Experimental study of the seismic performance of plasterboard partition walls with seismic gaps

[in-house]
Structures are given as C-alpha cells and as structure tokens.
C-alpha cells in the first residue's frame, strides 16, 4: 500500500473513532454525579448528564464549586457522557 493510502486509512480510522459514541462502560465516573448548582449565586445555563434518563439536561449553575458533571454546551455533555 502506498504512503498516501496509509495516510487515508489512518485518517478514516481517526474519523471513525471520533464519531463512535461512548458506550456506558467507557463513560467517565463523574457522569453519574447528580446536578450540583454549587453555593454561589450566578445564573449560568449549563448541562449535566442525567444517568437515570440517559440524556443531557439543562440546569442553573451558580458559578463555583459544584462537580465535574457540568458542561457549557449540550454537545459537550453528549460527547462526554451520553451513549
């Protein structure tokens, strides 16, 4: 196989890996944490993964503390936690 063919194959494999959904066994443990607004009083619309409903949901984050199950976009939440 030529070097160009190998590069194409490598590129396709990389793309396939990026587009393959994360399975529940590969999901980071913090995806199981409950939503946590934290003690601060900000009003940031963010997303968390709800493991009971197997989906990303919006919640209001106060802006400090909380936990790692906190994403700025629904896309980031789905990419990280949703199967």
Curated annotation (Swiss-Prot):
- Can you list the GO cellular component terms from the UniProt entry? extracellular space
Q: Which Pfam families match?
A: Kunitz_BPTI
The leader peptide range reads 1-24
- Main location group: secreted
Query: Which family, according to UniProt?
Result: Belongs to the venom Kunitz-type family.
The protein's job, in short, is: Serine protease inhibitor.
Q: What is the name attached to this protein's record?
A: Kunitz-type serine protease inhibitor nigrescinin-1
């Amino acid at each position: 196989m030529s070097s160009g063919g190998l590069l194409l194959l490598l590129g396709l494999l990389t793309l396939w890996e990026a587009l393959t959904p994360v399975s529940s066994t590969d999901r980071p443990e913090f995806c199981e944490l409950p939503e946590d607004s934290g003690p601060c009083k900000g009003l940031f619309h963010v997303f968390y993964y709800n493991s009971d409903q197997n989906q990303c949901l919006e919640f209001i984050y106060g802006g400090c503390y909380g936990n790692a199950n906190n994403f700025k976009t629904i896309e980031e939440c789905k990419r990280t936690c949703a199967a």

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It is now widely recognized that the performance of non-structural elements is crucial to the performance of building systems during earthquakes. Field surveys and experimental studies have shown that light steel or timber framed plasterboard partition walls are particularly vulnerable. The objective of this study is to investigate the seismic performance of a novel seismic gap partition system with angled return walls under quasi-static cyclic loading applied obliquely and to investigate the benefits of using acrylic gap-filler in the seismic gaps. Two specimens were tested: a steel stud specimen and a timber stud specimen. Observed drift capacities were significantly greater than traditional plasterboard partition systems. Equations were used to predict the drift at which damage state 1 (DS1) and damage state 2 (DS2) would initiate. The equation used to estimate the drift at the onset of DS1 accurately predicted the onset of plaster cracking but overestimated the drift at which the gap filling material was damaged. The equation used to predict the onset of DS2 provided a lower bound for both specimens and also when used to predict results of previous experimental tests on seismic gap systems. The gap-filling material reduced the drift at the onset of DS1, however, it had a beneficial effect on the re-centring behaviour of the linings. Out-of-plane displacements and return wall configuration did not appear to significantly impact the onset of plaster cracking in the specimens.